Using the telephone when you live in a country where you don’t speak the language is daunting. You know each time that you’re going to look like an idiot. You can’t resort to the pointing and grunting to make yourself understood that you do in person. Instead, you’re left sounding like a moron; it’s inevitable.
Normally for me looking like a dork is not a problem. Since that’s how I look frequently, I make the best of it. I even enjoy it more often than not. And those experiences often become my funniest stories.
But when you make an idiot out of yourself because you can’t communicate, it’s different. If you can’t laugh with the person who witnessed it, well, it takes the fun out of it. All you’re left with is feeling like a lonely idiot.
Knowing that humiliation would follow, each and every time I picked up the phone in when we lived in French-speaking Switzerland, my heart dropped to the bottom of my stomach while my pulse rate and blood pressure soared. I was on my way to the Idiot Zone.
And that’s just how I felt when I picked up the phone to call dog breeders. We’d opted for a pure bred puppy because we had a little kid (Jacob was 6) and because my husband is a lawyer and thinks that he can research things and know what he’s getting into. Yeah right.
Anyway, in early 1998 we needed a puppy. I needed a puppy. My son needed to grow up with a dog since he had no siblings and needed someone to talk to. John got to choose the breed: An English Springer Spaniel.
That morning as always, I looked at the phone with trepidation. Shit, I thought. I picked it up and dialed.
“Bonjour. Je m’appelle Elyse. Vendez-vous les chiots?” Hi. My name is Elyse. Do you sell puppies? [Yes, I’m quite the French conversationalist. In English you can’t shut me up.]
“Would you like to speak English?” said the woman on the other end of the line.
“Yes!!!!” I said with tears of relief/delight/I-don’t-have-to-sound-like-a-dope coming to my eyes. I couldn’t believe my luck. All I could think of was just how lucky I was to not have to try to negotiate in French. Or German. Or Italian. Or Romanch. Instead, on the other end of the phone was someone who spoke English! A woman who could understand me and respond. A woman with puppies!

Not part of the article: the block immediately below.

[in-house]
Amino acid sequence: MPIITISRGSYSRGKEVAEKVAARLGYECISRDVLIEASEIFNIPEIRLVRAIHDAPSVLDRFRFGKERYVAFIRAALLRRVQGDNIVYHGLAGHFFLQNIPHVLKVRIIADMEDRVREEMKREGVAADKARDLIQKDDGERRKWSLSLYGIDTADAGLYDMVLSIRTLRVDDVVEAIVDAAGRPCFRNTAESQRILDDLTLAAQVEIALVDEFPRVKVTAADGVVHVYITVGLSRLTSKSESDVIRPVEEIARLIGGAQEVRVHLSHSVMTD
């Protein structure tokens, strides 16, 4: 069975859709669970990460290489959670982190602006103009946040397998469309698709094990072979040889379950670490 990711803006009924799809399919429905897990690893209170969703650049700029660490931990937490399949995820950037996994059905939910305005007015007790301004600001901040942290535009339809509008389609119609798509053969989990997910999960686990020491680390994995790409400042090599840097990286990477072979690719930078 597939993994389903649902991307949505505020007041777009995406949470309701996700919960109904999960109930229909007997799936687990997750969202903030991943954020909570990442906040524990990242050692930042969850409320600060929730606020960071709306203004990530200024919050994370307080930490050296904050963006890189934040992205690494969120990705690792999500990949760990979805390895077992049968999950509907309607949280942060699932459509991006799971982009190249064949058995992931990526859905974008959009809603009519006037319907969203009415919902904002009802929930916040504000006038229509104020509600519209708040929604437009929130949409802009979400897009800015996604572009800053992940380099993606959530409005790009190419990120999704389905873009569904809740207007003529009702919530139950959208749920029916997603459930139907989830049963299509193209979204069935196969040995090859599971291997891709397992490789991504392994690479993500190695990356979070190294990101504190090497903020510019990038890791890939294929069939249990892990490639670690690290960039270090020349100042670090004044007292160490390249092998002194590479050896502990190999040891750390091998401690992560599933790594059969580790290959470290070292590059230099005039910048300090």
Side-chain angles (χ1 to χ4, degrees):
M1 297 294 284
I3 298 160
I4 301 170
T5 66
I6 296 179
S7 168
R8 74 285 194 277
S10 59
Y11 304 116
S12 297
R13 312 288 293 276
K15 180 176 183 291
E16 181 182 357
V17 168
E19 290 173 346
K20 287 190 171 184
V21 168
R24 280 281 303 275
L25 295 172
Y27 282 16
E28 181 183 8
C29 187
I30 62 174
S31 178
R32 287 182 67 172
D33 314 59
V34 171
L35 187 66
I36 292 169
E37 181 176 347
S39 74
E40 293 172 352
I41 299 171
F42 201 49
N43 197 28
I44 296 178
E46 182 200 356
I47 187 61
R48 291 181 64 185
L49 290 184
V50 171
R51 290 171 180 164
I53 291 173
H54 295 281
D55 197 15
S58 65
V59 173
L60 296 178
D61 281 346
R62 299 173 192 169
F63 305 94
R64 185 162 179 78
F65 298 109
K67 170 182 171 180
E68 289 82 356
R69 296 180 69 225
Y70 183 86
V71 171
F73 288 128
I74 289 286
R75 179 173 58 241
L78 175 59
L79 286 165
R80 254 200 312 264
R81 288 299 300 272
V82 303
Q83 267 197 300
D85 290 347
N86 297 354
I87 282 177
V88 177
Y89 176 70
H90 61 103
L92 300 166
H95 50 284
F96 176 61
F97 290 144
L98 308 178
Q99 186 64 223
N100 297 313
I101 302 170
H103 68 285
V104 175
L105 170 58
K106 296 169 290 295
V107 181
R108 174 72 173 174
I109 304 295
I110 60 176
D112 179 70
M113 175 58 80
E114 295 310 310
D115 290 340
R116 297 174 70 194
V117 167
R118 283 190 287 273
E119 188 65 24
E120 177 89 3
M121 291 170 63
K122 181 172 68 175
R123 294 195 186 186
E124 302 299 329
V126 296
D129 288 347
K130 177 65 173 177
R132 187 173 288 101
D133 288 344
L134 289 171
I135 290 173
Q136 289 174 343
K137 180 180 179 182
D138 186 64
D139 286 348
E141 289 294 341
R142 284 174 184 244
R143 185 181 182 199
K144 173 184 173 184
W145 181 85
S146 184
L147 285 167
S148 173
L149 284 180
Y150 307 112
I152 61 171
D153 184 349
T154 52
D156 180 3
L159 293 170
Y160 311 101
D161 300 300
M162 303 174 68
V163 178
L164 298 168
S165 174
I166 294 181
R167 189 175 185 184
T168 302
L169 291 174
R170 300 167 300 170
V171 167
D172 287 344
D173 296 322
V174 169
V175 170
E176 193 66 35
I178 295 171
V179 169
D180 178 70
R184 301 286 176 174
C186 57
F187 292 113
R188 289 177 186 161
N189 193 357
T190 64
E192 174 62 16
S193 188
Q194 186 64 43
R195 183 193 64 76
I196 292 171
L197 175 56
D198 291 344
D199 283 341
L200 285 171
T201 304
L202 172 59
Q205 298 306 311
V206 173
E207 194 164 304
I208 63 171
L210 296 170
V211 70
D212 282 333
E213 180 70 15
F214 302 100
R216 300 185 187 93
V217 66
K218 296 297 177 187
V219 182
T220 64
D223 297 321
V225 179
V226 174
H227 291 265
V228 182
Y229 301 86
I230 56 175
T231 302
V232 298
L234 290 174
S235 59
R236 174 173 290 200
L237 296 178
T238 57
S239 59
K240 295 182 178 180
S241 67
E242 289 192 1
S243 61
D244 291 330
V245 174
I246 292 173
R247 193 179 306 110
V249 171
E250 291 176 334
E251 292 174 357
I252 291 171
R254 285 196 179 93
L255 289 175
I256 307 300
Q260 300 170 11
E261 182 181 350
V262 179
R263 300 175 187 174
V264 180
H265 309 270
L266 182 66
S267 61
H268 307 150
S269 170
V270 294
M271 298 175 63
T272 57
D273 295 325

“Very good. I can speak English. And I have puppies. Can you visit them tomorrow?”
A plan was set. We got directions and headed out the next morning to pick out a puppy!
All the puppies were in a room with some cushions and blankets on the floor. The three of us made ourselves comfortable and started cuddling puppies.
Jacob picked up the puppy closest to him and put it in his lap the way Madame Carasco, the breeder, showed him, as the puppies were still quite young. But another puppy waddled over to Jacob, pushed the first puppy off of Jacob’s lap and settled himself down for the long haul with my 7 year old son. It was the only smart thing that dog has ever done.
“Look! He loves me Mom!”
“He Loves Me, Mom!”
And then I asked the price.
Cooper is descended from a line of top show dogs that have been winning Swiss and other European competitions for generations, going back to Roman times, I’m pretty sure. Cooper couldda been a contender. But I’m not that kind of a girl (and we’re not that kind of a family). His perfect physique, beautiful coloring and his full (not cut off) tail “showed” only to friends and family. And he’s never whined once about lost glory. What a guy!
But he loves me, Mom!
Today is Cooper’s 105th Birthday, his 15th in human years. He’s an old man now, a puppy no longer. His joints are stiff, he can’t walk upstairs by himself these days, and is so blind that he only realizes we have entered or left a room by sniffing the air.
You know, in hindsight, I’m glad I didn’t ask the price on the phone. Because Cooper has been well worth every centime.